The Trump administration escalated pressure on the World Trade Organisation, giving the international group a 90-day ultimatum to alter a provision that the US argues has long allowed China to game global trading rules.
President Donald Trump said the US would “use all available means” to secure changes to a provision at the WTO that allows countries to decide whether they qualify as “developing countries”. Countries that claim that label — which includes nearly two-thirds of the organisation’s 164 members — qualify for certain preferential treatment, like longer time horizons to carry out trade agreements.
The Trump administration argues that dozens of countries abuse those rules and has singled out China, the world’s second-largest economy and the largest global exporter for about a decade, saying it should not be classified as a developing nation. Administration officials have bristled that China claims easier treatment at the global trade body, while pumping out low-priced manufactured goods that have displaced American jobs and moving to dominate the high-tech industries of the future, like autonomous vehicles and robotics.
“The US has never accepted China’s claim to developing country status, and virtually every current economic indicator belies China’s claim,” the proclamation read.
Trump called the WTO broken and said it was allowing other countries to take advantage of the US. “The WTO is BROKEN when the world’s RICHEST countries claim to be developing countries to avoid WTO rules and get special treatment,” he said. “NO more!!! Today I directed the US Trade Representative to take action so that countries stop CHEATING the system at the expense of the USA!”
Ramping up the trade war decibel
The administration said that if the US trade representative concluded that substantial progress had not been made toward overhauling the organisation’s rules in 90 days, it would no longer treat countries that it did not consider to be developing nations as such. The US also threatened to withhold support for a country’s membership in the Organisation for Economic Cooperation and Development, a group of the world’s 36 most advanced countries, if the trade representative did not agree that it was a developing nation.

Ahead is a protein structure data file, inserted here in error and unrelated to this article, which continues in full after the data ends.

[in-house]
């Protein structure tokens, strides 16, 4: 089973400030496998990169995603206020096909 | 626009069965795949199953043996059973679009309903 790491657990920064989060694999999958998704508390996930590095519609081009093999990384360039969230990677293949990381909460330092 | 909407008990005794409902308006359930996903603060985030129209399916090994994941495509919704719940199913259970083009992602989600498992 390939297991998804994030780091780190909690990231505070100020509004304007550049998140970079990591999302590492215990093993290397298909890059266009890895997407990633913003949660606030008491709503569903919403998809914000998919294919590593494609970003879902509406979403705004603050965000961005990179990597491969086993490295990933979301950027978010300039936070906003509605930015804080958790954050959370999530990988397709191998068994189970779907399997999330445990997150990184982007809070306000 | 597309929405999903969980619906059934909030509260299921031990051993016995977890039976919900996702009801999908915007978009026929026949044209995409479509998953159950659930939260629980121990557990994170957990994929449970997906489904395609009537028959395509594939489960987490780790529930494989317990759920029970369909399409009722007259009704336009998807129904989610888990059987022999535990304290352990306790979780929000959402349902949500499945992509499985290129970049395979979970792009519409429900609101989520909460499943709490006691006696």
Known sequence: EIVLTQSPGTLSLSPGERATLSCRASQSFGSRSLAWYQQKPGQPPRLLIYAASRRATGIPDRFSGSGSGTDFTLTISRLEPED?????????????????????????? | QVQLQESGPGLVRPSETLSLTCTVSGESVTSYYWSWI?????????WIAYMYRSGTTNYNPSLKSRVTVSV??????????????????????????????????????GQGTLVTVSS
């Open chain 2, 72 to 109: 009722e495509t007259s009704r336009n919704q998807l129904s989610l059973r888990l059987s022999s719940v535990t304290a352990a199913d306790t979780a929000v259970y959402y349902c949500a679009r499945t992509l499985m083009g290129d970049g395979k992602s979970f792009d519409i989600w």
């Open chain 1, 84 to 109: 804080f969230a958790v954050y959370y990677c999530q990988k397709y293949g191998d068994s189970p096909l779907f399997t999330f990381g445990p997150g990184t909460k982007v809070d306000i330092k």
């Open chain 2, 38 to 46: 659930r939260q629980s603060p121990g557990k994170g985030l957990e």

It is not immediately clear what the practical effect of those changes would be — for example, whether the Trump administration would block current negotiations at the WTO where countries like China claim developing country status.
The organisation has produced little consensus among all of its members in recent years, but it is pushing to resolve a trade deal that would curb global overfishing by the end of the year. Dozens of countries have claimed developing country status in those talks, which would give them more time to enforce potentially costly new rules if any are agreed upon.
The Trump administration submitted a proposal to the WTO this year to exempt countries from developing country status if they are members of the OECD or if they are among the Group of 20’s most advanced economies. The proposal would also strip the developing country title from nations that the World Bank considers to be high-income countries, or make up at least 0.5 per cent of global merchandise trade.
But some trade officials in Geneva have criticised that proposal as arbitrary and potentially disruptive to an organisation that is based on consensus and voluntary action from countries.
“It has been a concern that predates the Trump administration,” Chad P. Bown, a senior fellow at the Peterson Institute for International Economics. “What’s new is the Trump administration is not interested in diplomatic niceties.”
The new announcement is part of a broader offensive on the WTO by the Trump administration, which argues that the group has failed to check China’s unfair economic behaviour and is in desperate need of change.
Not just aimed at China
The Trump administration has also nearly shut down the organisation’s ability to settle trade disputes among its members. It has blocked appointments to a body that hears appeals to such disputes, arguing that the organisation has overstepped its mandate and created a situation of judicial overreach that the US never signed up for.
In December, the body will have too few members to hear cases, leaving countries without a formal system to complete dispute settlements.
In taking on the developing country provision, the Trump administration could also be picking a global fight that would extend beyond China. In the announcement, the administration said that seven of the 10 wealthiest economies on a per capita basis as do several members of the OECD.
“The status quo cannot continue,” the proclamation said. “The WTO is in desperate need of reform, without which the WTO will be unable to address the needs of workers and businesses or the challenges posed by the modern global economy.”